## 2004 - Written Paper - Q4(a)

### will_789

Posted 11 April 2006 - 01:53 PM

2004 question 8 A

Could anyone help?

### Isla from Banff

Posted 13 April 2006 - 11:02 AM

I can't remember how to work it out but i have the answer which is -54kJ mol^-1

hope that helps you out slightly

xx

Posted 13 April 2006 - 07:23 PM

First off calculate the enthalpy change for the reaction:
Average temp at the start = 19 degrees celsius
Temp at end = 25.5 degrees celsius
Change in temp = 6.5 degrees celsius
volume of water = 40 cm3 mass of water = 40g = 0.04kg

Eh = c m T = 4.18 * 0.04 * 6.5 = 1.0868 kJ

The enthalpy of neutralistion is when an alkali is neutralised by an acid to form one mole of water. In this experiment we have:
NaOH + HCl --> NaCl + H2O

We have 20cm3 1 mol per litre NaOH, this is the same as 0.02 mole of NaOH
We also have 0.02 mole of HCl, for the same reason
From the equation we can see that they will react to form 0.02 mole of water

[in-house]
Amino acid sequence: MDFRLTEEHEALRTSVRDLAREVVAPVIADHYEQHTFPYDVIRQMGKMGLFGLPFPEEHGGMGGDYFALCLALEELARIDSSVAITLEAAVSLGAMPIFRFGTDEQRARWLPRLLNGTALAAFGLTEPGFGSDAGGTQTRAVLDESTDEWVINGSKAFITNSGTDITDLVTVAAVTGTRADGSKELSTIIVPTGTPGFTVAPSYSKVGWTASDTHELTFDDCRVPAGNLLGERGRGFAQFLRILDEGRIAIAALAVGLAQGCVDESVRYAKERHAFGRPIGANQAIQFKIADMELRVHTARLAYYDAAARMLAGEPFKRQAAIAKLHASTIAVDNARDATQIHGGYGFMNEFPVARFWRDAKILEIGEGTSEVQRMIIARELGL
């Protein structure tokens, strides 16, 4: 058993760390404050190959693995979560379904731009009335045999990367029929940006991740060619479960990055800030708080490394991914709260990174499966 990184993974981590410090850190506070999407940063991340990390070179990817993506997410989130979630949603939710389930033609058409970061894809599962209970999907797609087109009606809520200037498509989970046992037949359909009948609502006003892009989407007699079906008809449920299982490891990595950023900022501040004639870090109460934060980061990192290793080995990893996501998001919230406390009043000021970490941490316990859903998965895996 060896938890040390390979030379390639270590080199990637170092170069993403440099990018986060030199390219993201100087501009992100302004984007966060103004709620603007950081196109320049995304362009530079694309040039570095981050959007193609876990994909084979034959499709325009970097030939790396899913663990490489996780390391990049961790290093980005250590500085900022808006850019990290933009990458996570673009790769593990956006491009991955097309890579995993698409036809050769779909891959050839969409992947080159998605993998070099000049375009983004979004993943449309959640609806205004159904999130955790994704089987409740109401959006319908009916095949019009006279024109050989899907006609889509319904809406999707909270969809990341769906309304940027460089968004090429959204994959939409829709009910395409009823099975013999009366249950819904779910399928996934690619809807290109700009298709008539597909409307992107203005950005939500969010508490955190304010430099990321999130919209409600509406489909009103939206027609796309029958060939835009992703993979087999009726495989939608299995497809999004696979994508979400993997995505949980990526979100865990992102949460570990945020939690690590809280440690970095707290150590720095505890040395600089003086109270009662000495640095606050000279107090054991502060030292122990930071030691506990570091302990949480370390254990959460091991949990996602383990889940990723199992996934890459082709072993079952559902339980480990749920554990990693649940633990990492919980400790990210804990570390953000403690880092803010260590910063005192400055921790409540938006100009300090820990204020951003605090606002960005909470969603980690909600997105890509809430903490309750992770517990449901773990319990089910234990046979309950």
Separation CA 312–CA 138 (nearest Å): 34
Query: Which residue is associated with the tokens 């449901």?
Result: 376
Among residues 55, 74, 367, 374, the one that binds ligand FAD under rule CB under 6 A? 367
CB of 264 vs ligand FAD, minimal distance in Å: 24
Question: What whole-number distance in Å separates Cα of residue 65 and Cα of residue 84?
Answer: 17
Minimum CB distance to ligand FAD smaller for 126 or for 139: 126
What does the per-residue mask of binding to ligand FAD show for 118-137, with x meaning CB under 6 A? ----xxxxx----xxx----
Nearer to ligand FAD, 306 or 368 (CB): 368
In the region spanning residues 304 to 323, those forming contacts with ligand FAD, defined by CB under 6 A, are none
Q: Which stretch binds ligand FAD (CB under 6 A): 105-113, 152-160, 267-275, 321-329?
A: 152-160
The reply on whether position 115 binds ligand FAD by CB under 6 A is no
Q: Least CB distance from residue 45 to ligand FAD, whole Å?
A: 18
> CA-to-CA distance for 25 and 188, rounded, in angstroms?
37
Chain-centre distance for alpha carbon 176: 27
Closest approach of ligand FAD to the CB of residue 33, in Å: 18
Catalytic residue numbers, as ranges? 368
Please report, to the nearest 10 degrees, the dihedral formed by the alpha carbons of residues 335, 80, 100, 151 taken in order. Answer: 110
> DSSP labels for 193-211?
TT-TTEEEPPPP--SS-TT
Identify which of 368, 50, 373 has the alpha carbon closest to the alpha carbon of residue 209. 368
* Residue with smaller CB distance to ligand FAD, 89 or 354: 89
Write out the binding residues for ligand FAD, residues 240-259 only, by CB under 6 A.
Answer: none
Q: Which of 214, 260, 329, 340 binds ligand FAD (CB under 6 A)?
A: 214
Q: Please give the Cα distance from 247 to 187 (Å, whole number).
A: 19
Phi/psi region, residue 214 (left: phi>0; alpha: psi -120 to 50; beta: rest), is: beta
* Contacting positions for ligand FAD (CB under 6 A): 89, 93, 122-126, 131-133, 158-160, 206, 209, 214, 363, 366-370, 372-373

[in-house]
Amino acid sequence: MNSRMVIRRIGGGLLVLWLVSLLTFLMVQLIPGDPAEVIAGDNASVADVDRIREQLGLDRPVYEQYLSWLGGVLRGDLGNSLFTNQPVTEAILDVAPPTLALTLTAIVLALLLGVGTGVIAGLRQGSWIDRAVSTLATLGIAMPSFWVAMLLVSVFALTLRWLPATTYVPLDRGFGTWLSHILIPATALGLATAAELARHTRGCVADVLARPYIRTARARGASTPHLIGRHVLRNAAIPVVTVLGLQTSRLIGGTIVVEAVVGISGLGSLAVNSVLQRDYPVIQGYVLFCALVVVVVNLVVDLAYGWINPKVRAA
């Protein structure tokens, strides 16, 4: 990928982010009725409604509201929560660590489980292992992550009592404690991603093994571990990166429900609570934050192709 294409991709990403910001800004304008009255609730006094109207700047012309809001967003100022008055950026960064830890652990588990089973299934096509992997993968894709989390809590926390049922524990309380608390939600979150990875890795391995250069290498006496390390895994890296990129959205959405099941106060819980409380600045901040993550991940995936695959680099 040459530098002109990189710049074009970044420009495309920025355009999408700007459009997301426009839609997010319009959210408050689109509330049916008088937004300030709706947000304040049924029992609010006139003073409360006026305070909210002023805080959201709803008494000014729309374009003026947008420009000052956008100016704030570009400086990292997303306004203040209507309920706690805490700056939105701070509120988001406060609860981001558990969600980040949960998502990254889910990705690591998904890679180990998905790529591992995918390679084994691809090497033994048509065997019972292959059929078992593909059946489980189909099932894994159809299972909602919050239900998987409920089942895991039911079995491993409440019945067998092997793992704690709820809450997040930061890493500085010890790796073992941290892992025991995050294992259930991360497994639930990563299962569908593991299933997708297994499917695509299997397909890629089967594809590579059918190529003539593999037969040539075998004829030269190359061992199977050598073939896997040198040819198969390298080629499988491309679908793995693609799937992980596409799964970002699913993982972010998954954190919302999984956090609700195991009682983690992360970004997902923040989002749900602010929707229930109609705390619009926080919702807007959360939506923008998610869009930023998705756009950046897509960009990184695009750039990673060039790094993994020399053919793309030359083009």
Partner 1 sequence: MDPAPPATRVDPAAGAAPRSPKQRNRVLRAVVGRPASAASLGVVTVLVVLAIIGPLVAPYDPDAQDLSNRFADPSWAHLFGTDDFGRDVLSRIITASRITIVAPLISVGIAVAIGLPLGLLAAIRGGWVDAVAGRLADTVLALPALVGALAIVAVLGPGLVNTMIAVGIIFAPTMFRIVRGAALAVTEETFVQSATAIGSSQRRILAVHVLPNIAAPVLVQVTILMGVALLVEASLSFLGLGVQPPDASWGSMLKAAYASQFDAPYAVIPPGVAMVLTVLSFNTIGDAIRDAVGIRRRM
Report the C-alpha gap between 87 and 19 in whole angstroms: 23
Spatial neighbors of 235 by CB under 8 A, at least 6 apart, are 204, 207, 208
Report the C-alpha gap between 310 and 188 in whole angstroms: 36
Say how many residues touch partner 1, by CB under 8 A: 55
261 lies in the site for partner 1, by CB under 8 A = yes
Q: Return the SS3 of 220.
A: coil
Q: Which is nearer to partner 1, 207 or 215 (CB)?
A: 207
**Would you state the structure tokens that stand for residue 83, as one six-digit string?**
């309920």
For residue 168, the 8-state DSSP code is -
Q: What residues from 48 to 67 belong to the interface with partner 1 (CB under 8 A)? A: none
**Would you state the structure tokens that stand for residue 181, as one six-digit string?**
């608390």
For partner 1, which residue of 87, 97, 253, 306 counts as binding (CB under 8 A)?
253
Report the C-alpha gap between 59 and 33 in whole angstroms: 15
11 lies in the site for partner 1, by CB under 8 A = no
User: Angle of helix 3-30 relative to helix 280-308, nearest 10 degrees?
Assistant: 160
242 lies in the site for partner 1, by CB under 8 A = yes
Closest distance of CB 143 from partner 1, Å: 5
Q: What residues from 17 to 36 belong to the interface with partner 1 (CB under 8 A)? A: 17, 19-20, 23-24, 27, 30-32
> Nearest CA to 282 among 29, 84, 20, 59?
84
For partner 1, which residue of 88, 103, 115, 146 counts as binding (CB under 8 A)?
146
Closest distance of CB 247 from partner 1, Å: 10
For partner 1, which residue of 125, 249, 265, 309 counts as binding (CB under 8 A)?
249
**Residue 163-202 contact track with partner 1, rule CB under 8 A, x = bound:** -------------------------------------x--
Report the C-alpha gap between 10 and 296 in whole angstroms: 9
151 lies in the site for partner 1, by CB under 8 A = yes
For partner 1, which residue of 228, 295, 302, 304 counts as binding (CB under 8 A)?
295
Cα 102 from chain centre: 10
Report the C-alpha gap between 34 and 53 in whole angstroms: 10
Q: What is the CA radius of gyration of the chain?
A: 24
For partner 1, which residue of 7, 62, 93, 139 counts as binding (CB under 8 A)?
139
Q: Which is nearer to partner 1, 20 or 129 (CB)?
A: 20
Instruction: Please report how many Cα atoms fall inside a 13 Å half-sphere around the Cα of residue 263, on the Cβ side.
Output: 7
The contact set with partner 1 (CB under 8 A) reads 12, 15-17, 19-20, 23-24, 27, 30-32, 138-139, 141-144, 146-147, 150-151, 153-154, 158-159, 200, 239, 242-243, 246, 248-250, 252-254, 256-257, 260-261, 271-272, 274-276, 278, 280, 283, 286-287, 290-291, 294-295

So the enthalpy change we have just worked out (1.0868kJ of heat given out) was for 0.02 mole
Since the enthalpy of neutralisation is the enthalpy change when an acid neutralises an alkali to form one mole of water, we have to predict how much heat is going to be released when one mole of water is formed
since 0.02 mole produces 1.0868kJ, 1 mole will release (1.0868/0.02)kJ = 54kJ

Since the heat is given out (you know this as the final solution is a higher temperature than the average of the two reacting solutions) the enthalpy change is negative, so H = -54kJ mol-1

Hope that helps